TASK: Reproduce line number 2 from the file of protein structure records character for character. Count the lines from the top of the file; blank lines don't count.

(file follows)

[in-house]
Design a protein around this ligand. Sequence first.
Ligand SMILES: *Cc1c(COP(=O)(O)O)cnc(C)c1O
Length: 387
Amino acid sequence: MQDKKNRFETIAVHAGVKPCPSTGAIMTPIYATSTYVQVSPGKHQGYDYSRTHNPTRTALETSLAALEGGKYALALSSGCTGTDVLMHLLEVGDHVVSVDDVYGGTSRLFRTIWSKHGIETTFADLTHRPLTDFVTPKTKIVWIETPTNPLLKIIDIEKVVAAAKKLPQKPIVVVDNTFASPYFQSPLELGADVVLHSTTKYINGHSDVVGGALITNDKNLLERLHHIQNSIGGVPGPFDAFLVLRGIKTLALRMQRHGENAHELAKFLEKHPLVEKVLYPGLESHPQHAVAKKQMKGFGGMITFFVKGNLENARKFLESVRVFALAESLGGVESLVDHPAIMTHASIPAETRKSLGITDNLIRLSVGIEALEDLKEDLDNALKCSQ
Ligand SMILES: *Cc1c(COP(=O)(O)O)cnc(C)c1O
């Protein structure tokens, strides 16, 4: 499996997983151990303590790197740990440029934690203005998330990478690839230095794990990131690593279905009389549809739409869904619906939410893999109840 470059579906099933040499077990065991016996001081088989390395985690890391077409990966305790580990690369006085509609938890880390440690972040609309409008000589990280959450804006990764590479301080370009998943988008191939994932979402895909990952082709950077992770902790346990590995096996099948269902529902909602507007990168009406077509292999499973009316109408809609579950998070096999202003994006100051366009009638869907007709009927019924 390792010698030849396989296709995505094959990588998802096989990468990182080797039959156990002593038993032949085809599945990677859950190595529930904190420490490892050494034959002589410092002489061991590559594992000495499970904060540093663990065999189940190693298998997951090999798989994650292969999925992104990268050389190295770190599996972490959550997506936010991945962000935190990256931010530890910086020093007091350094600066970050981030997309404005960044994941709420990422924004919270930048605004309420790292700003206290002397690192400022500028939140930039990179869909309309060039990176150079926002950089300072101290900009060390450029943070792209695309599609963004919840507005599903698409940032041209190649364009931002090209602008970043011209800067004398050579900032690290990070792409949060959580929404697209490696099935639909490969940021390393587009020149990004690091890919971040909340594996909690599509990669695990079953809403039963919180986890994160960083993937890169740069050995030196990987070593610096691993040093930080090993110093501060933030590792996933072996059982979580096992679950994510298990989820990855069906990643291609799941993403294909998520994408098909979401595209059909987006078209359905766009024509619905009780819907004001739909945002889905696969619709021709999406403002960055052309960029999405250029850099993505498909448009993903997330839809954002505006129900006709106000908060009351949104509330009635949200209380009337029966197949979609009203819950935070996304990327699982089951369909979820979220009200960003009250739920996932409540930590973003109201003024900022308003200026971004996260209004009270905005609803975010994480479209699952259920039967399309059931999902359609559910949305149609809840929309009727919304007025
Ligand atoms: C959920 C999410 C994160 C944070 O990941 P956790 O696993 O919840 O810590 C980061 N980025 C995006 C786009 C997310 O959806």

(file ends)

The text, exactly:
Design a protein around this ligand. Sequence first.